Death of Key Witness Casts Cloud Over Yamini Potter Case

St. Croix District Courthouse
The Almeric Christian Federal Building and Courthouse on St. Croix (Source file photo)

The death of a key witness and the introduction of a new judge into an ongoing federal fraud case have knocked what seemed like an open-and-shut case off a judicial fast track. These two major developments occurred within the past month in a case first filed in District Court in August.

After a series of recusals from St. Thomas federal jurists, the case of the United States vs. Potter wound up before Chief District Judge Wilma Lewis. On Dec. 22, Lewis named a Pennsylvania judge to preside over the trial of Yamini Potter.

The assignment of District Judge Timothy J. Savage occurred a month before the primary witness in the case died in January. A few days later, a lawyer for the defendant asked the court to grant additional time for filing motions and to postpone a scheduled April 5 trial date.

From the federal court on St. Croix, U.S. Magistrate George Cannon granted that request.

Court documents say the investigation that led to Potter’s indictment began when the relative of an alleged fraud victim visited the FBI office, seeking help. That relative – also a witness in the case – told a strange story about a former public official, a promise to restore a revoked medical license and thousands of dollars handed over to someone believed to have made that offer over the phone.

The subsequent investigation led to an Oct. 23 indictment of Potter. Investigators alleged the defendant used his phone privileges while in jail to persuade his victims that he was former Lt. Gov. Osbert Potter and on other occasions the former official’s son.

He also used his jailhouse phone account to allegedly impersonate judges and the head of the V.I. Department of Justice. According to an affidavit filed by FBI Special Agent Christopher Forvour, the continuous calls led to a series of payments by the victims who met with a relative and an associate of the accused.

The FBI affidavit also noted that at the time that the alleged scheme was carried out, the defendant was in jail, being held on an unrelated offense. Investigators interviewed the former lieutenant governor and cleared him of having any knowledge or involvement in the scheme.

In court documents, the victims of Potter’s alleged scheme were identified by the initials P.M., M.M. and J.H. The names associated with those sets of initials were later spelled out in a statement filed in court by Forvour, the lead investigator, on Aug. 11.

“This affidavit is made solely for the limited purpose of setting forth probable cause to believe that from on/about May 18, 2019, until July 17, 2020, Yamini Potter defrauded Dr. Paul Maynard, age 68, Milicent Maynard, age 70, and John Hodge, age 65 …”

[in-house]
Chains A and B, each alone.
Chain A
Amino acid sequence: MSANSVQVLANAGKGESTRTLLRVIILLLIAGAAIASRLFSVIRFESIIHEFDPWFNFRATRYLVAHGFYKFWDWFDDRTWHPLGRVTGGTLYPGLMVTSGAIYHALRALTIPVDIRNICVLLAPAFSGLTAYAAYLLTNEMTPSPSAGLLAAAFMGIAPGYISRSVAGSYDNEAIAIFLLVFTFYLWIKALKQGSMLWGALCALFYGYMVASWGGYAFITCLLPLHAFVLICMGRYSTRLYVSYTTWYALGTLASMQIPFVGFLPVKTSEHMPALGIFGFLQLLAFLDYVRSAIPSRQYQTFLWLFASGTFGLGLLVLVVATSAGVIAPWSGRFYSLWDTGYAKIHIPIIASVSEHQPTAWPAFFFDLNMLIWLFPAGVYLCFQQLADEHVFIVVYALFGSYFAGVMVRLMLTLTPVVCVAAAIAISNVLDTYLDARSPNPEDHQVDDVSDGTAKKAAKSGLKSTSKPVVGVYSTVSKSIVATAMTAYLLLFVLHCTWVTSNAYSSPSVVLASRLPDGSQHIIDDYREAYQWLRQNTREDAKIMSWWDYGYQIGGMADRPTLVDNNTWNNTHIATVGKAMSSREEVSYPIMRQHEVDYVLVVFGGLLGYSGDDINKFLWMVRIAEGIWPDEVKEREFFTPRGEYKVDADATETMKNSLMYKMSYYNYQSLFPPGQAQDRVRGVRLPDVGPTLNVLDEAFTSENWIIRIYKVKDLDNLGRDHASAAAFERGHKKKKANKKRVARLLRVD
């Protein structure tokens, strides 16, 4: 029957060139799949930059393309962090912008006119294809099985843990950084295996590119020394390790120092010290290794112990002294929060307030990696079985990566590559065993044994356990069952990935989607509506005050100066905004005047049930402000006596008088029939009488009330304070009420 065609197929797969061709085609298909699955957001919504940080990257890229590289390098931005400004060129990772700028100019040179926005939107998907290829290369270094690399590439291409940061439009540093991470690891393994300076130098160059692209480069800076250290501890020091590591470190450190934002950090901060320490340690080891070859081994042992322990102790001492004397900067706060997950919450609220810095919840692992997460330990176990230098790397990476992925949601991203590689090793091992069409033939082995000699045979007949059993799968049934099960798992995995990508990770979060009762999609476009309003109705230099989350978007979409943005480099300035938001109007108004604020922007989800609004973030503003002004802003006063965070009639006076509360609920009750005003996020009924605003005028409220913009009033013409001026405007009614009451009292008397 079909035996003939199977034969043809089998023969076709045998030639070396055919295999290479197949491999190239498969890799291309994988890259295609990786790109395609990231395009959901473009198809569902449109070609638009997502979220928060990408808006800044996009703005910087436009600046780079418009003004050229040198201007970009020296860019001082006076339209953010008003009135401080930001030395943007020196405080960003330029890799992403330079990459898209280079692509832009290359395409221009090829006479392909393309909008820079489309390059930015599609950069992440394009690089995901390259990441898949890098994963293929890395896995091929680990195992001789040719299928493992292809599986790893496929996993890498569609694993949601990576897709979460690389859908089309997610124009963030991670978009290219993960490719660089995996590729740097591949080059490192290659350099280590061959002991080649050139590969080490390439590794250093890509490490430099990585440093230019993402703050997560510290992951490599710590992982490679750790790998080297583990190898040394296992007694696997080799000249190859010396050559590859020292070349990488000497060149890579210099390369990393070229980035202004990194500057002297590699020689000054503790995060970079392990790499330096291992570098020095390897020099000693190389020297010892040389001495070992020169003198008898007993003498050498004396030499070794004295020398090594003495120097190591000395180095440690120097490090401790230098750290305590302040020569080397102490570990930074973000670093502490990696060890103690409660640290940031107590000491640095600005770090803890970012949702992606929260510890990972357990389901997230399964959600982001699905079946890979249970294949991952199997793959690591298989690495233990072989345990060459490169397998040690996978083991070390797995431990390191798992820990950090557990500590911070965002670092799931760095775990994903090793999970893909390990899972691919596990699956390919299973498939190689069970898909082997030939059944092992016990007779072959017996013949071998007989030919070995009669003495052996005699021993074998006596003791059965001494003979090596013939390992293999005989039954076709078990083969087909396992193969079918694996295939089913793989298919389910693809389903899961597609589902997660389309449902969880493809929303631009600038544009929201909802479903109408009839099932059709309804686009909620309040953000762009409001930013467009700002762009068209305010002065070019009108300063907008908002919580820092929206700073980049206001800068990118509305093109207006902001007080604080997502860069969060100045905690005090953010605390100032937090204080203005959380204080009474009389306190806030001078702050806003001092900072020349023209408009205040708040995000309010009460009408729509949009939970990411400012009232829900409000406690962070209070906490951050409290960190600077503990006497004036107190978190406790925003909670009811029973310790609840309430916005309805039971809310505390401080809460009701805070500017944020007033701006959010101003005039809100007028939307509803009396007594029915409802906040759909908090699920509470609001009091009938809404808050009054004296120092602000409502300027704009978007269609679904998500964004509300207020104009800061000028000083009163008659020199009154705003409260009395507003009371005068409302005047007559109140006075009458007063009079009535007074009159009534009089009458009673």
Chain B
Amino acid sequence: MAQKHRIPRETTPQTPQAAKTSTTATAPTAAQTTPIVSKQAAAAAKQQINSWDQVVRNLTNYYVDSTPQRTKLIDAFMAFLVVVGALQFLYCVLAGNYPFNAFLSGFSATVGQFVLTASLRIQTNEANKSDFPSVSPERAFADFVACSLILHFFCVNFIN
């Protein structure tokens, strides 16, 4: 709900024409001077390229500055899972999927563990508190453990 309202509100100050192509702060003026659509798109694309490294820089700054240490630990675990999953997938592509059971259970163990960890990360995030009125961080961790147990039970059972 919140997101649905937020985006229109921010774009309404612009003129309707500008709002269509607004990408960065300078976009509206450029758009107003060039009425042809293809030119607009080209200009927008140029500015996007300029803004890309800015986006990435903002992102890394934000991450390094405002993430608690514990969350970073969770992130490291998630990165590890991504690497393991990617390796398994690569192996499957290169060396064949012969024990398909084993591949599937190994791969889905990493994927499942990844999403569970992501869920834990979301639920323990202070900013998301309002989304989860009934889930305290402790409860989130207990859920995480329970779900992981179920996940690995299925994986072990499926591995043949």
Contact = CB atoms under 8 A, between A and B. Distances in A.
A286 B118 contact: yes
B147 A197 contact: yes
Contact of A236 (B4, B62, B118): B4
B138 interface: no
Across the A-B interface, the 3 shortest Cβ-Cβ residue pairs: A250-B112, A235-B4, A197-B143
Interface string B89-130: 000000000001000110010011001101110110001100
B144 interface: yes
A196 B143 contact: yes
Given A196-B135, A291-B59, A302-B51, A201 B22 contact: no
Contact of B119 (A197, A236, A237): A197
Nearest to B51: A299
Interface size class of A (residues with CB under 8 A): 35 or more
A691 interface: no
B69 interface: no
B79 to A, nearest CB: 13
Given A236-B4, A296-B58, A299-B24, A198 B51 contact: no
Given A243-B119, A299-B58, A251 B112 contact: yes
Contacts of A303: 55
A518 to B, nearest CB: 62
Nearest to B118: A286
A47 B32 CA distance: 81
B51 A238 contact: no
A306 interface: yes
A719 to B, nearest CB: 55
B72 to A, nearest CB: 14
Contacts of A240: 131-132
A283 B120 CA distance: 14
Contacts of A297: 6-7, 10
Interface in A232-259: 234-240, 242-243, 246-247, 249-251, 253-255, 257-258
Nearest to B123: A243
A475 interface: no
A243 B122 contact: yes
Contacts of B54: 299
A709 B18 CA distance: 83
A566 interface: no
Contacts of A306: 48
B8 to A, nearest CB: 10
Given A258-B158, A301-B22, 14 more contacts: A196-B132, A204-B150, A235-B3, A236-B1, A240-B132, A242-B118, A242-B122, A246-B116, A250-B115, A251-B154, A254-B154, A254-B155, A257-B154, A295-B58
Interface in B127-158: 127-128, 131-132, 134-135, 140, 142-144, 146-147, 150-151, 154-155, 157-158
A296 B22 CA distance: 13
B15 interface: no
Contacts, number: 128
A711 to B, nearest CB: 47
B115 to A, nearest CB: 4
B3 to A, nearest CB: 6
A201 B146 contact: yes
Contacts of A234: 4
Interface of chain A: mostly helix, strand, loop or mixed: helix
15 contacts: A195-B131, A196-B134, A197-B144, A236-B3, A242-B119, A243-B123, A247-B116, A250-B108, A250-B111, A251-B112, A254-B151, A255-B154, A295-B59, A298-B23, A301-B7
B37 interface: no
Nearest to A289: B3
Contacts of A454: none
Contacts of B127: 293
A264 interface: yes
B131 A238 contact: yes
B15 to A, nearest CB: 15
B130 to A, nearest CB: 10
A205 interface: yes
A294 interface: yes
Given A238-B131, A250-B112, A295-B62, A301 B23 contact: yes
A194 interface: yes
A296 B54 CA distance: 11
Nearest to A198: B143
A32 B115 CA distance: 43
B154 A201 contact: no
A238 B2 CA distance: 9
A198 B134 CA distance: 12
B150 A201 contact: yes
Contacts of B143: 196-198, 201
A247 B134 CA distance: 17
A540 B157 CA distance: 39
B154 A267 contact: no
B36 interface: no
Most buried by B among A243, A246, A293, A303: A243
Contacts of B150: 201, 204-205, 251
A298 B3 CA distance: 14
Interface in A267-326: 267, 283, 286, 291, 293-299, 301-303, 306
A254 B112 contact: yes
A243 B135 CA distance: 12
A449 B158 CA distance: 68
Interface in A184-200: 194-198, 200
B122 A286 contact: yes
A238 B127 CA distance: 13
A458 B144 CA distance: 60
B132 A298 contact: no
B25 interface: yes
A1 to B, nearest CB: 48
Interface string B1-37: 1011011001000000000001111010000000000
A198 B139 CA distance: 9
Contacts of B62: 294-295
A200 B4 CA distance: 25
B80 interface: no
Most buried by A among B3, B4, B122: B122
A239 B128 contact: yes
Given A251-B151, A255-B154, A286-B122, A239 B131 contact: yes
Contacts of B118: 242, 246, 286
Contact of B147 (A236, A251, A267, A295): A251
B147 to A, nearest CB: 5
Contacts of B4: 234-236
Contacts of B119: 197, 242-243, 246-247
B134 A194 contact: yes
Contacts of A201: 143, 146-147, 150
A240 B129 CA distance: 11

Dr. Paul Maynard forfeited his medical license to the federal government in 2007 following a conviction for illegally prescribing pain medication. Prosecution leading to the conviction began with an indictment in 2003, charging Maynard with 170 counts of prescribing pain drugs “without a legitimate medical purpose.”

He was also sentenced to seven months in prison by District Court Judge James Giles.

The relative who spoke to FBI agents in May 2020 said Maynard was attempting to sue the federal government to get his license back at the time the series of phone calls began.

U.S. Attorney Gretchen Shappert described the scheme in an August news release.

“According to the affidavit filed in this case, between May 2019 and July 2020 Potter received over $100,000 from the victims, at least one of whom is elderly, for purported legal fees associated with a lawsuit filed against the United States. Potter claimed he could assist the victims with a lawsuit to obtain a money judgment and return of one of the victim’s medical licenses. Investigators located no such lawsuit anywhere in the United States. Potter is not a licensed attorney in any jurisdiction in the United States.

“Initially, Potter claimed to be the son of former Lt. Governor Osbert Potter,” Shappert said. “According to court documents, Yamini Potter is not Osbert Potter’s son. The affidavit alleges that Potter used this supposed familial connection to influence his victims to pay money for the alleged lawsuit and claimed that the victims could expect to recover millions of dollars. The affidavit further alleges that Potter also impersonated Osbert Potter, former federal District Judge Curtis Gomez, federal Magistrate Judge Ruth Miller and Virgin Islands Attorney General Denise George for fraudulent purposes.”

The case was assigned to District Court Judge Robert Molloy after Gomez left the bench last year. Potter’s lawyer filed a motion on Nov. 17, asking Molloy to recuse himself. His lawyer argued that since two of the individuals his client allegedly impersonated were Molloy’s co-workers, he might pre-judge the evidence.

One week later, on Nov. 25, the St. Thomas district judge granted that request. About a month later – on Dec. 22 – Lewis named Savage as the new judge.

And one month after that, on Jan. 21, Paul Maynard died. That left the prosecution without its primary witness, but with two alleged victims remaining.

When asked how the loss of someone who could be considered a key witness could impact the outcome of Potter’s pending trial, Shappert declined to comment. “It is never appropriate for us to comment on an ongoing case,” she said.